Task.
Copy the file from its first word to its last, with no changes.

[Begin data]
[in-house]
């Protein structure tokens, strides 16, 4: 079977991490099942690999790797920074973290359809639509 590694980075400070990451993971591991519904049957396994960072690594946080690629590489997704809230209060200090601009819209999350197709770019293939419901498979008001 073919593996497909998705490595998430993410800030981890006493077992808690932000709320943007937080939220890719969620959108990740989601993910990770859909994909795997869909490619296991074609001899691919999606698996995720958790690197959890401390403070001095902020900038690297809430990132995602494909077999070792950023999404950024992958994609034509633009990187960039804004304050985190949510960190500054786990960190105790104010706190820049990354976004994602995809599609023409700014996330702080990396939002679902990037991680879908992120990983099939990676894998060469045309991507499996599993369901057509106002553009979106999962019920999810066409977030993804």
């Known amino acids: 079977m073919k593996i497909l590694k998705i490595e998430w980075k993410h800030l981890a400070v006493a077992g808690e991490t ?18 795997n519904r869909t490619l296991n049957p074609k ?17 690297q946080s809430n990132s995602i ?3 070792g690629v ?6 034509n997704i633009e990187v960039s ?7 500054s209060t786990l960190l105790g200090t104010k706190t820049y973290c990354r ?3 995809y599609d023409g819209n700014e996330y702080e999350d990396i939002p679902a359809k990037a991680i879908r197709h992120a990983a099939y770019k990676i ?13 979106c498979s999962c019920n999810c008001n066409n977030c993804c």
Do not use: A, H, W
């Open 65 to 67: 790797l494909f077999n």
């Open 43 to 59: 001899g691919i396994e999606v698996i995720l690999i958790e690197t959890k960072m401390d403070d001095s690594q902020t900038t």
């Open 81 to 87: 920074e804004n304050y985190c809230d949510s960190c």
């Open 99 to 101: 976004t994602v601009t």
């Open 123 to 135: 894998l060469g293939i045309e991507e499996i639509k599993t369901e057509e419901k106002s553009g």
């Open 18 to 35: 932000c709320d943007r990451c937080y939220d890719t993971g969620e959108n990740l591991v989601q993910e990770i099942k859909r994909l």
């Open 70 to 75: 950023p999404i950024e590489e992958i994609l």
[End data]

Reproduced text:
[in-house]
């Protein structure tokens, strides 16, 4: 079977991490099942690999790797920074973290359809639509 590694980075400070990451993971591991519904049957396994960072690594946080690629590489997704809230209060200090601009819209999350197709770019293939419901498979008001 073919593996497909998705490595998430993410800030981890006493077992808690932000709320943007937080939220890719969620959108990740989601993910990770859909994909795997869909490619296991074609001899691919999606698996995720958790690197959890401390403070001095902020900038690297809430990132995602494909077999070792950023999404950024992958994609034509633009990187960039804004304050985190949510960190500054786990960190105790104010706190820049990354976004994602995809599609023409700014996330702080990396939002679902990037991680879908992120990983099939990676894998060469045309991507499996599993369901057509106002553009979106999962019920999810066409977030993804």
């Known amino acids: 079977m073919k593996i497909l590694k998705i490595e998430w980075k993410h800030l981890a400070v006493a077992g808690e991490t ?18 795997n519904r869909t490619l296991n049957p074609k ?17 690297q946080s809430n990132s995602i ?3 070792g690629v ?6 034509n997704i633009e990187v960039s ?7 500054s209060t786990l960190l105790g200090t104010k706190t820049y973290c990354r ?3 995809y599609d023409g819209n700014e996330y702080e999350d990396i939002p679902a359809k990037a991680i879908r197709h992120a990983a099939y770019k990676i ?13 979106c498979s999962c019920n999810c008001n066409n977030c993804c």
Do not use: A, H, W
């Open 65 to 67: 790797l494909f077999n």
């Open 43 to 59: 001899g691919i396994e999606v698996i995720l690999i958790e690197t959890k960072m401390d403070d001095s690594q902020t900038t």
């Open 81 to 87: 920074e804004n304050y985190c809230d949510s960190c």
């Open 99 to 101: 976004t994602v601009t």
């Open 123 to 135: 894998l060469g293939i045309e991507e499996i639509k599993t369901e057509e419901k106002s553009g």
């Open 18 to 35: 932000c709320d943007r990451c937080y939220d890719t993971g969620e959108n990740l591991v989601q993910e990770i099942k859909r994909l």
């Open 70 to 75: 950023p999404i950024e590489e992958i994609l």